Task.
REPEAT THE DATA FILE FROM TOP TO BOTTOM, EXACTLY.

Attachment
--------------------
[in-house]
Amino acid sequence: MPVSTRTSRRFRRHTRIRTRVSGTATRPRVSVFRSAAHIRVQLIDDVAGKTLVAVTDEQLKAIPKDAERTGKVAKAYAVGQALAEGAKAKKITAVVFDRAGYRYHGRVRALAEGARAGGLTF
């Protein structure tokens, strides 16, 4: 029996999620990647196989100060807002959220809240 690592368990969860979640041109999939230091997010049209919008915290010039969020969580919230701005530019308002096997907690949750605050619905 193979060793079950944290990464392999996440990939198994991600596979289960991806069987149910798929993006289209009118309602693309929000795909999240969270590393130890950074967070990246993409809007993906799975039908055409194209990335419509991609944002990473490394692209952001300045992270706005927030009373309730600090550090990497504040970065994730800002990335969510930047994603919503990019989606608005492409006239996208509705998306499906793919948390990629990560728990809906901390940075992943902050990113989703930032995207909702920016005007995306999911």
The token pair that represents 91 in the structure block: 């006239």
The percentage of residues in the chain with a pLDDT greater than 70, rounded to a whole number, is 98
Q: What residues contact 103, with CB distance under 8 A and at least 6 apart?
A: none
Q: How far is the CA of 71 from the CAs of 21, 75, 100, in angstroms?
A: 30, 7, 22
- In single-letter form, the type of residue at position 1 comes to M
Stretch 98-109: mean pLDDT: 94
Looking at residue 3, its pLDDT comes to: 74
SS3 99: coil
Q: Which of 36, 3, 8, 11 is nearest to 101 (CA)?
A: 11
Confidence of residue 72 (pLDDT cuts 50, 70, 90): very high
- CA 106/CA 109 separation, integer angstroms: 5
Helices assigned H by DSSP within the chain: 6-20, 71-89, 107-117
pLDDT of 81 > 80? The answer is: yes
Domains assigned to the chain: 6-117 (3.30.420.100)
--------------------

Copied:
[in-house]
Amino acid sequence: MPVSTRTSRRFRRHTRIRTRVSGTATRPRVSVFRSAAHIRVQLIDDVAGKTLVAVTDEQLKAIPKDAERTGKVAKAYAVGQALAEGAKAKKITAVVFDRAGYRYHGRVRALAEGARAGGLTF
């Protein structure tokens, strides 16, 4: 029996999620990647196989100060807002959220809240 690592368990969860979640041109999939230091997010049209919008915290010039969020969580919230701005530019308002096997907690949750605050619905 193979060793079950944290990464392999996440990939198994991600596979289960991806069987149910798929993006289209009118309602693309929000795909999240969270590393130890950074967070990246993409809007993906799975039908055409194209990335419509991609944002990473490394692209952001300045992270706005927030009373309730600090550090990497504040970065994730800002990335969510930047994603919503990019989606608005492409006239996208509705998306499906793919948390990629990560728990809906901390940075992943902050990113989703930032995207909702920016005007995306999911």
The token pair that represents 91 in the structure block: 């006239």
The percentage of residues in the chain with a pLDDT greater than 70, rounded to a whole number, is 98
Q: What residues contact 103, with CB distance under 8 A and at least 6 apart?
A: none
Q: How far is the CA of 71 from the CAs of 21, 75, 100, in angstroms?
A: 30, 7, 22
- In single-letter form, the type of residue at position 1 comes to M
Stretch 98-109: mean pLDDT: 94
Looking at residue 3, its pLDDT comes to: 74
SS3 99: coil
Q: Which of 36, 3, 8, 11 is nearest to 101 (CA)?
A: 11
Confidence of residue 72 (pLDDT cuts 50, 70, 90): very high
- CA 106/CA 109 separation, integer angstroms: 5
Helices assigned H by DSSP within the chain: 6-20, 71-89, 107-117
pLDDT of 81 > 80? The answer is: yes
Domains assigned to the chain: 6-117 (3.30.420.100)